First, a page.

That’s what this summer feels like where I live here in Hamilton, Ontario.
The last time I wrote about COVID was in early May, 2020. Now, as then, I feel that documenting my anecdotal experience of life in a pandemic would be useful to someone down the road, amateur and professional historians alike.
But now, I’m feeling less interested in documenting events. Instead, my attention is on things closer to home. In fact, my attention is on home.
There’s a vibe in the air similar to 2016, like the whole works is about to collapse under its own weight. Unlike 2016, it seems all too possible this time.
And yet, the days here have been beautiful. Our case counts are in the single digits, our restaurants and patios are open. The mornings are no longer quiet: even as the sun rises noticeably later, I hear the cars on the highway, the loudest that they’ve been in months.
On the surface, there’s a lot that looks normal, a typical high summer season for the southernmost part of a cold country for whose citizens summer is the most treasured time of the year.
It’s when you zoom in that things start to look a little strange.
An astrophysicist or three that I’ve read note that there are black holes that are so supermassive that if you were within their pull, the gravitational effects would actually feel somewhat gentle. It’s not entirely accurate, of course, so don’t quote me, but that notion stuck with me as a metaphor: that a phenomenon can be so big that it shows up as very small in your direct experience of it, because you are small in relation to it.
That’s the case with this pandemic. We got patios, but you gotta wear masks to use the washroom, and the staff serving you have to be masked or shielded at all times. The tables are set far apart from each other.
There are beach days in the Great Lakes coastlines of Ontario, but if too many people flock to these destinations, the local authorities will close them.
No baseball, at least not as we know it. No crowded concerts. No night markets.
I went to see some friends in Toronto in early August, an impromptu backyard meetup in a Chinatown area house that would have been unthinkable in April. I picked up some other friends along the way, each of us masked in the car, as we made our way up the road to the city. In the backyard, chairs spaced in a circle, and awkward air-high fives instead of real high fives, handshakes, or hugs.
Seeing my friends IRL again was fun and wonderful, though I’ve never known this part of Spadina to be this empty either, though apparently it’s normal.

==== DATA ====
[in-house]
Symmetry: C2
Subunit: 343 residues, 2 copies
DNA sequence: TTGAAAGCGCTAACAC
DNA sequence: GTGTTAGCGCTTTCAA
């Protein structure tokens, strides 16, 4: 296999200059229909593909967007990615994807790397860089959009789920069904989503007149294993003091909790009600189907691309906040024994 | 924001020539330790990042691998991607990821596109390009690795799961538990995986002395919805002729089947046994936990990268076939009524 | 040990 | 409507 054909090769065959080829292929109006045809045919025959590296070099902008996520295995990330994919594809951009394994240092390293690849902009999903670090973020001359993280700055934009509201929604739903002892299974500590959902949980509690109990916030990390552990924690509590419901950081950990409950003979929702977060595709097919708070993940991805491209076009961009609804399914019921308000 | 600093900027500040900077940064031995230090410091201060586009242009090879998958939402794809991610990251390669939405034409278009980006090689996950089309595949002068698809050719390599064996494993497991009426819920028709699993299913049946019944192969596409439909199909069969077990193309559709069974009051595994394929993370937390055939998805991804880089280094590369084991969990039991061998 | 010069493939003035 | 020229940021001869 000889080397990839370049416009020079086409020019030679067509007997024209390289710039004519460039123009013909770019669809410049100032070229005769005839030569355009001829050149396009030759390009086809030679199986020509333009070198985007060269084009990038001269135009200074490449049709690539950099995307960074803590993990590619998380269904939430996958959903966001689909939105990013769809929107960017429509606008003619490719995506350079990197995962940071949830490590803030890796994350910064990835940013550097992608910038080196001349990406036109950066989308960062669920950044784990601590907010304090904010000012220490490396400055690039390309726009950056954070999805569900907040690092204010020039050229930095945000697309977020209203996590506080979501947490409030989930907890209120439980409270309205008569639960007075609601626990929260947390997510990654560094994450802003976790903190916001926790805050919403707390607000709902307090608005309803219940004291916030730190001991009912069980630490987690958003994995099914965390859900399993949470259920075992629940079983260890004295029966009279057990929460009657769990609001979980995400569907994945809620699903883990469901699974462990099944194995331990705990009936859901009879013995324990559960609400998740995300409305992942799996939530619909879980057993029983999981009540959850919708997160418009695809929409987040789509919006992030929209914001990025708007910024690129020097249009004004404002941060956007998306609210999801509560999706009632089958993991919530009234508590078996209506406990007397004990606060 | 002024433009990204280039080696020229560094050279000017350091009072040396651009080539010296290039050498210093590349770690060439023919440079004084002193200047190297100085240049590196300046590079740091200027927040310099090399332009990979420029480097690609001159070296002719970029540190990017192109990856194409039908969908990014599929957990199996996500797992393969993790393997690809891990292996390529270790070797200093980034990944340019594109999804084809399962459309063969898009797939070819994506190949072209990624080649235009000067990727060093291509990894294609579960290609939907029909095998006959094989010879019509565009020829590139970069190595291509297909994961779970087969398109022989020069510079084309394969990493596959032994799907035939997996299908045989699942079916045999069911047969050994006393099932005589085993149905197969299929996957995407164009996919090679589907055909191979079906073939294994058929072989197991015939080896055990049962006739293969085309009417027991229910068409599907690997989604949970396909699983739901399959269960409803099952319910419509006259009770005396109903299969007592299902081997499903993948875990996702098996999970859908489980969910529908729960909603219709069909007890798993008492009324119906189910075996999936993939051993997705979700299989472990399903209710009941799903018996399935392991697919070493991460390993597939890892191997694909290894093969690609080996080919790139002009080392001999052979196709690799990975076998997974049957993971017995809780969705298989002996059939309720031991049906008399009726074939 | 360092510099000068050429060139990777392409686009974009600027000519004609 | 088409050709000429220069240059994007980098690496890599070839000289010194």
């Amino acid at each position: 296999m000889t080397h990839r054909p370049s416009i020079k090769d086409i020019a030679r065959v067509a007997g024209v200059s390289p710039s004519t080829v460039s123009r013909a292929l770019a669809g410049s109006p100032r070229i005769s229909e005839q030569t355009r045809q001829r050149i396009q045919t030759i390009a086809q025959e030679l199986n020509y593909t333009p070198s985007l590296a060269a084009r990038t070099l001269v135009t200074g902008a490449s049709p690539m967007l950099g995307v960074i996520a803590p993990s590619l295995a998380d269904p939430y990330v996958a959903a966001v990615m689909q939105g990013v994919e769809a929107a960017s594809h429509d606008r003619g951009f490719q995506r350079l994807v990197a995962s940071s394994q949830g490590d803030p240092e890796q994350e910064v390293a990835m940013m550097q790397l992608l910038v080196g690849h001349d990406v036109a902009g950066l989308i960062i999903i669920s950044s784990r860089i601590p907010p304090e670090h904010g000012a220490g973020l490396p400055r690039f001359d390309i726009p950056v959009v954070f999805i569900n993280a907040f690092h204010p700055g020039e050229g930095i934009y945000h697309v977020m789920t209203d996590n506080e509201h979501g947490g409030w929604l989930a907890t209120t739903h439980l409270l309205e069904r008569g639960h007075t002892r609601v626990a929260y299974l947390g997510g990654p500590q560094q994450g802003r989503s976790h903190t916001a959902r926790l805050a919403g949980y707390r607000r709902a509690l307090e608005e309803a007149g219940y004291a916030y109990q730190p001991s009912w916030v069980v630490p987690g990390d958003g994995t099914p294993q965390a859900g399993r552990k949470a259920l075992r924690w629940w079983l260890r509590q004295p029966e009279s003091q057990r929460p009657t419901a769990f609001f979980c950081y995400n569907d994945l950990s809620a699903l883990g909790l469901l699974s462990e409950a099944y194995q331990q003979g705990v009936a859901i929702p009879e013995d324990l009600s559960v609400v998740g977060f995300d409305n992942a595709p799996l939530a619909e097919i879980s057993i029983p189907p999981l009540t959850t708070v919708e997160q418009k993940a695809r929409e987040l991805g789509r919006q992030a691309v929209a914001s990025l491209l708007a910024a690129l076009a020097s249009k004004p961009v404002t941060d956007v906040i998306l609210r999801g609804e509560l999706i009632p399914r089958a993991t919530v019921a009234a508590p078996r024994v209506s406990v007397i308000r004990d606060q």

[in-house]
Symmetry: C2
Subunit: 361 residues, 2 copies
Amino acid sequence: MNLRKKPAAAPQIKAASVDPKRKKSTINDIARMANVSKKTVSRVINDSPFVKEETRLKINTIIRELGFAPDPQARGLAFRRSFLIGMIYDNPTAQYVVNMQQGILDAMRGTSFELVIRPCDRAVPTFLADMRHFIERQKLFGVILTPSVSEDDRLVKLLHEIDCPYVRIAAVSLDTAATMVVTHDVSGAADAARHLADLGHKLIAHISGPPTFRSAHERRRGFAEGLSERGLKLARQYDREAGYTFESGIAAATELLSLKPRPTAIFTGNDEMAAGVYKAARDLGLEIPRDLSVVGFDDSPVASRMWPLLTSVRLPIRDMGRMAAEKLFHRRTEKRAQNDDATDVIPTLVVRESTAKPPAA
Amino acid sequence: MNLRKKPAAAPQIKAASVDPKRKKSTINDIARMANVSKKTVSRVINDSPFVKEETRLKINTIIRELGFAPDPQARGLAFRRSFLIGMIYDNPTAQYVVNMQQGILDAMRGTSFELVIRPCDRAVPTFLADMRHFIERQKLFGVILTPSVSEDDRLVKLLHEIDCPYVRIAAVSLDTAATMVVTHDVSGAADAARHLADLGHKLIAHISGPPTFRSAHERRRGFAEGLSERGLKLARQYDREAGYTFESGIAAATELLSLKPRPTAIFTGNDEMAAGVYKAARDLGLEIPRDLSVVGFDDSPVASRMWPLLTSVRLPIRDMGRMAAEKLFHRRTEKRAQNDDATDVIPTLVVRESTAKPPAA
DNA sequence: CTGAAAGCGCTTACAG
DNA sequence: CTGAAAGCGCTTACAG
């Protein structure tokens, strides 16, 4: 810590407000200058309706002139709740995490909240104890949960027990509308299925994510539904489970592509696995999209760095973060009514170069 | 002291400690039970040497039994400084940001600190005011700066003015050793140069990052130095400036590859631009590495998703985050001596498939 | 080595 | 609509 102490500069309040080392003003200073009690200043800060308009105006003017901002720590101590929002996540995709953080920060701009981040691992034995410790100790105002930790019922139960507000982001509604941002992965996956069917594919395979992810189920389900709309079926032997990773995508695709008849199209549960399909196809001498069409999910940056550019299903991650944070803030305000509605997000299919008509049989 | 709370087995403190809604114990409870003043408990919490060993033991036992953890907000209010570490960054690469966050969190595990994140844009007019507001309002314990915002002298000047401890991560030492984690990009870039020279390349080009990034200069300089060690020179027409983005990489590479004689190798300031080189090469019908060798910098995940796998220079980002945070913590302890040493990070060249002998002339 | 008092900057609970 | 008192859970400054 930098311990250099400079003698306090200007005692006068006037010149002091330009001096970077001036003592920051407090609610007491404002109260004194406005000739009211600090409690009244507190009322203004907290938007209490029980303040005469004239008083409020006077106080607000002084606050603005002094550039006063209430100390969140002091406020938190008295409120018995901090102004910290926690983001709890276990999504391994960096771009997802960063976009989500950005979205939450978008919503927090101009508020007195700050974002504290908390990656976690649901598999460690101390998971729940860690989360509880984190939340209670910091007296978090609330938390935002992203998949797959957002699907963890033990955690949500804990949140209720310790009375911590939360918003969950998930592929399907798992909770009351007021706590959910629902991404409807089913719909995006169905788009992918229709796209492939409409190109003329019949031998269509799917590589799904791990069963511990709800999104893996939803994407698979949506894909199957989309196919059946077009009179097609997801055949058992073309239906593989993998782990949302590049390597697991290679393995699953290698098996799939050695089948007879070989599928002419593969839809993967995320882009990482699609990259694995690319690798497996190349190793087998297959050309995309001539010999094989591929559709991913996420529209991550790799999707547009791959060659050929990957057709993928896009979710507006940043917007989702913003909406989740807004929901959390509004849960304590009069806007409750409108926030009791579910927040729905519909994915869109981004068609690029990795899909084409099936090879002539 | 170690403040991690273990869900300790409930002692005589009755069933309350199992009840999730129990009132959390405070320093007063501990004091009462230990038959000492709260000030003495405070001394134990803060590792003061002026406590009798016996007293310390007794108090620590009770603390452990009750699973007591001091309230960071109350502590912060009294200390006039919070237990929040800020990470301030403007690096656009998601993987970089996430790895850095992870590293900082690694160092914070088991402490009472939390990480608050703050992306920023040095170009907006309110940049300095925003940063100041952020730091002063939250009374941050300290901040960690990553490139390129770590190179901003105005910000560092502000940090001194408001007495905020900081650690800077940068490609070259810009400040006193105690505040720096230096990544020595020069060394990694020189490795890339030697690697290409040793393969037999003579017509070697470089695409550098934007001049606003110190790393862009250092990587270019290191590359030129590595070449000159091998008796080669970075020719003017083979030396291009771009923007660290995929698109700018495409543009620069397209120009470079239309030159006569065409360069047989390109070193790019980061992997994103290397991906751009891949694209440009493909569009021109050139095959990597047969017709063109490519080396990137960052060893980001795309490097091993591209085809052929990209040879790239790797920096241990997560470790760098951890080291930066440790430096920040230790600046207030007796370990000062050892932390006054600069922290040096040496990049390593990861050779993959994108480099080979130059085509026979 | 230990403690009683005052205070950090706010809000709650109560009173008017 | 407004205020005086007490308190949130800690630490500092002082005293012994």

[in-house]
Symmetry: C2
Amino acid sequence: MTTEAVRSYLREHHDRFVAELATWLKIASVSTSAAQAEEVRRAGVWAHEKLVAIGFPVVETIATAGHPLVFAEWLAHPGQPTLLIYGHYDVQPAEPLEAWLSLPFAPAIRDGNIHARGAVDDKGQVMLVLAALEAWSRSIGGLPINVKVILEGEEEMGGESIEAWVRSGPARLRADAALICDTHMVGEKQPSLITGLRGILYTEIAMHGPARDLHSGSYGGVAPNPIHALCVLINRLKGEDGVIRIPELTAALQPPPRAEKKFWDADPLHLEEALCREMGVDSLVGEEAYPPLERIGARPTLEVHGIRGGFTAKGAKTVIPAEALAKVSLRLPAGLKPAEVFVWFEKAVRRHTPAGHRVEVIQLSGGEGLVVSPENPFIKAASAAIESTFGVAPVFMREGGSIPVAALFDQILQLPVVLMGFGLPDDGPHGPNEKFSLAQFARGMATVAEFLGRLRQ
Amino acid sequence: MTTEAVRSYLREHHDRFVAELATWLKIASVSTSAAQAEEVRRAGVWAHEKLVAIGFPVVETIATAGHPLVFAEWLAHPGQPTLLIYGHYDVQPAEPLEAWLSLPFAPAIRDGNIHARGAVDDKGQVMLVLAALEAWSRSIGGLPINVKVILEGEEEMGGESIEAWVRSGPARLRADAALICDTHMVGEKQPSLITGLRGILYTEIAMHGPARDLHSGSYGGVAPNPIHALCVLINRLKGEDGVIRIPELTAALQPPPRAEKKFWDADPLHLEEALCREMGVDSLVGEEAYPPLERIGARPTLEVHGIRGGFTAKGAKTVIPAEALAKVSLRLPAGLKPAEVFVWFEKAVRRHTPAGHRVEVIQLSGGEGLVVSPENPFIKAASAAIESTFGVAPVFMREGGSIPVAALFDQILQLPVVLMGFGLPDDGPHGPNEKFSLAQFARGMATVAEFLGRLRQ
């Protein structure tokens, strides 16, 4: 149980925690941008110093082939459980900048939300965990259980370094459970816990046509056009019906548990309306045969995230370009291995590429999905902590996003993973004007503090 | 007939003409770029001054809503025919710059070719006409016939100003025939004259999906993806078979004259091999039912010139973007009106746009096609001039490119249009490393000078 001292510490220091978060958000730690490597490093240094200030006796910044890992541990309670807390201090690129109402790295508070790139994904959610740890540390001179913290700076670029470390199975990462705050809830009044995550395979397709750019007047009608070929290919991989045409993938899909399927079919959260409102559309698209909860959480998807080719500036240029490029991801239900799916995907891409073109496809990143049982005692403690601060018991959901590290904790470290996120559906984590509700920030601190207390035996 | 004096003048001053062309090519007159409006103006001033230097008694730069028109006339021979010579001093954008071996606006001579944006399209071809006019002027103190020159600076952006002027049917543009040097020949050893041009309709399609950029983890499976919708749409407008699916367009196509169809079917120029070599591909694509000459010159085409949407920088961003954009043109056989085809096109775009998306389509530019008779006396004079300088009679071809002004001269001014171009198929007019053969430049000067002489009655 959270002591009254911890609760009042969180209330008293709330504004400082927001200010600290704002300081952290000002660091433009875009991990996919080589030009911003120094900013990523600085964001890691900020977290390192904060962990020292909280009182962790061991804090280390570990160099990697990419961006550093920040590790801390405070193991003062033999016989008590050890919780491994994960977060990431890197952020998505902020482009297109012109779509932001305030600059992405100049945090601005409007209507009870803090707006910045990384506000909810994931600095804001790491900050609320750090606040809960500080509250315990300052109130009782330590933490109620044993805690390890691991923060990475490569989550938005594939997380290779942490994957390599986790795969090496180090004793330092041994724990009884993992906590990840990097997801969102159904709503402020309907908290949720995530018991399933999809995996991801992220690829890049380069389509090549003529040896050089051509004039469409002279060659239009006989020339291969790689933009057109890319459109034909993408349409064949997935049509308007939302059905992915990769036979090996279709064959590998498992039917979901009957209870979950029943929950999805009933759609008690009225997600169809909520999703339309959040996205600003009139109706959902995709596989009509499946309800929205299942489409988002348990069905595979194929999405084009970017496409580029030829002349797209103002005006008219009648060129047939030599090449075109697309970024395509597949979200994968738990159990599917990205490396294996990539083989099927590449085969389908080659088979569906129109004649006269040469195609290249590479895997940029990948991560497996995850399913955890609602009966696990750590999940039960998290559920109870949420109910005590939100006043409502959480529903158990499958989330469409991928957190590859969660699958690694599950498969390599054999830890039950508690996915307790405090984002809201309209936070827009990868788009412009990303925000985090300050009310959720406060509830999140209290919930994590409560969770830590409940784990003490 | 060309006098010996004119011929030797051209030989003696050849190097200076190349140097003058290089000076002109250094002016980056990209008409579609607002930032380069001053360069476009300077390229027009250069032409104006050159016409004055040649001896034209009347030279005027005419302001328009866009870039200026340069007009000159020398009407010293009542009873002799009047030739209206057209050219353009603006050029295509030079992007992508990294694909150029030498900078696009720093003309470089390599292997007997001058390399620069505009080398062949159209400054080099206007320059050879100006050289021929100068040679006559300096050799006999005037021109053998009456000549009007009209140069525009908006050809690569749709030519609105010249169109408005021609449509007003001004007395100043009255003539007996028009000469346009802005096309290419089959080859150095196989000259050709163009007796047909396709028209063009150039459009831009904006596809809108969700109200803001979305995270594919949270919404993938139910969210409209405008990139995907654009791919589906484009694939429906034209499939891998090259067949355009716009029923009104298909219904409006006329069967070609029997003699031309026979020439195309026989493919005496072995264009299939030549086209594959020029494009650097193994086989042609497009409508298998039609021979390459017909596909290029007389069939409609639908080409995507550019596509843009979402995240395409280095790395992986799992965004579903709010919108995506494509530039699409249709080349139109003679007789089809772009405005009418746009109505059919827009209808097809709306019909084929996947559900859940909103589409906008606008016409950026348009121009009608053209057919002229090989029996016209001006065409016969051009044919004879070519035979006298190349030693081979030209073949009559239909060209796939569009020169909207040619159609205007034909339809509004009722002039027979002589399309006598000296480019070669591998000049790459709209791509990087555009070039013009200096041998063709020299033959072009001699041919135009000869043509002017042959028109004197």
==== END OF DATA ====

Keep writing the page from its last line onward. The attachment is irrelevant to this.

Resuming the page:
The bar we went to later was decently spaced out. Some goomba with no mask tried to hit on two ladies at a table only to be given the boot by a staffer for violating the distancing rules. That’s a plus.
The Jays game was on and our Boys of Summer were leading the Red Sox 2–1 in front of an empty Fenway Park by the time we left.
Even the background din of the city I used to visit weekly at one point, the archetype of cities for this Brampton-raised boy, seemed muffled, muted.
But what a great time it was nonetheless to hang with people I love on a strange summer night.
Again, almost normal. And it’s only been five months since this all hit the fan where I am.
The reopening of my home during this first pandemic summer feels like what the Queens of the Stone Age called “The Long Slow Goodbye”. We are very early into the effects of this virus and the response to it, and we have become accustomed to constant and rapid information.
The cognitive dissonance that happens when someone tells you that “we’re just getting started”, that feeling of wanting to counter with “it feels like FOREVER” is a function of our shared acclimation to the speed of our era, even as we slowed down only months ago during lockdown.
We don’t know what’s going to happen in the winter. The American first wave never stopped, and other countries like China and Australia are seeing resurgences. The virus may have already mutated at least once, and too many of those who were infected and survived are still feeling health impacts even weeks or months after they “recovered”. Who knows what winter will have in store for us?
It was with this open question in mind that I decided — after some nudging from the Universe courtesy of a series of unpleasant but unmistakable signs — to give notice on my shared townhouse of the past two years. Sharing a house with others out of economic necessity has been my modus operandi for most of the past five years.